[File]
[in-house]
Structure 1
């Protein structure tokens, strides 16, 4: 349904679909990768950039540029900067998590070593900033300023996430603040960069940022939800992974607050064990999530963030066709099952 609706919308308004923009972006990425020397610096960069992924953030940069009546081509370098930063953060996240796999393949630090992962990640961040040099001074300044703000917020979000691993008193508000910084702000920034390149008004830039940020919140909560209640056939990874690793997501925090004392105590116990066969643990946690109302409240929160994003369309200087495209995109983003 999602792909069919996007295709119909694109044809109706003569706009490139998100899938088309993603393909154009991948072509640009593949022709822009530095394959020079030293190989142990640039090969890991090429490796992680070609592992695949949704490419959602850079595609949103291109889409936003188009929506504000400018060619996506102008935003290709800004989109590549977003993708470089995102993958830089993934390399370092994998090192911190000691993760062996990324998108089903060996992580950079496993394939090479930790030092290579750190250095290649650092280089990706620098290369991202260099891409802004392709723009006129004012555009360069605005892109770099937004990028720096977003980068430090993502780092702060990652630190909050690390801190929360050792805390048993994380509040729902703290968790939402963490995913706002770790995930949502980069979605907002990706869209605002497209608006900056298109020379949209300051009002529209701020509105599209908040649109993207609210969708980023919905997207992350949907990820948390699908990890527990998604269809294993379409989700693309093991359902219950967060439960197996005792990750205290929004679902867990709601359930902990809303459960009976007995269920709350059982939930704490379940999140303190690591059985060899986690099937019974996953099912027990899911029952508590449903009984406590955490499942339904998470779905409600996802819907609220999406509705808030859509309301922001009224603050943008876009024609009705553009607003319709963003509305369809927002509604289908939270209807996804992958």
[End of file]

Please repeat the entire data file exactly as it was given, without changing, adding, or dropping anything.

[in-house]
Structure 1
């Protein structure tokens, strides 16, 4: 349904679909990768950039540029900067998590070593900033300023996430603040960069940022939800992974607050064990999530963030066709099952 609706919308308004923009972006990425020397610096960069992924953030940069009546081509370098930063953060996240796999393949630090992962990640961040040099001074300044703000917020979000691993008193508000910084702000920034390149008004830039940020919140909560209640056939990874690793997501925090004392105590116990066969643990946690109302409240929160994003369309200087495209995109983003 999602792909069919996007295709119909694109044809109706003569706009490139998100899938088309993603393909154009991948072509640009593949022709822009530095394959020079030293190989142990640039090969890991090429490796992680070609592992695949949704490419959602850079595609949103291109889409936003188009929506504000400018060619996506102008935003290709800004989109590549977003993708470089995102993958830089993934390399370092994998090192911190000691993760062996990324998108089903060996992580950079496993394939090479930790030092290579750190250095290649650092280089990706620098290369991202260099891409802004392709723009006129004012555009360069605005892109770099937004990028720096977003980068430090993502780092702060990652630190909050690390801190929360050792805390048993994380509040729902703290968790939402963490995913706002770790995930949502980069979605907002990706869209605002497209608006900056298109020379949209300051009002529209701020509105599209908040649109993207609210969708980023919905997207992350949907990820948390699908990890527990998604269809294993379409989700693309093991359902219950967060439960197996005792990750205290929004679902867990709601359930902990809303459960009976007995269920709350059982939930704490379940999140303190690591059985060899986690099937019974996953099912027990899911029952508590449903009984406590955490499942339904998470779905409600996802819907609220999406509705808030859509309301922001009224603050943008876009024609009705553009607003319709963003509305369809927002509604289908939270209807996804992958």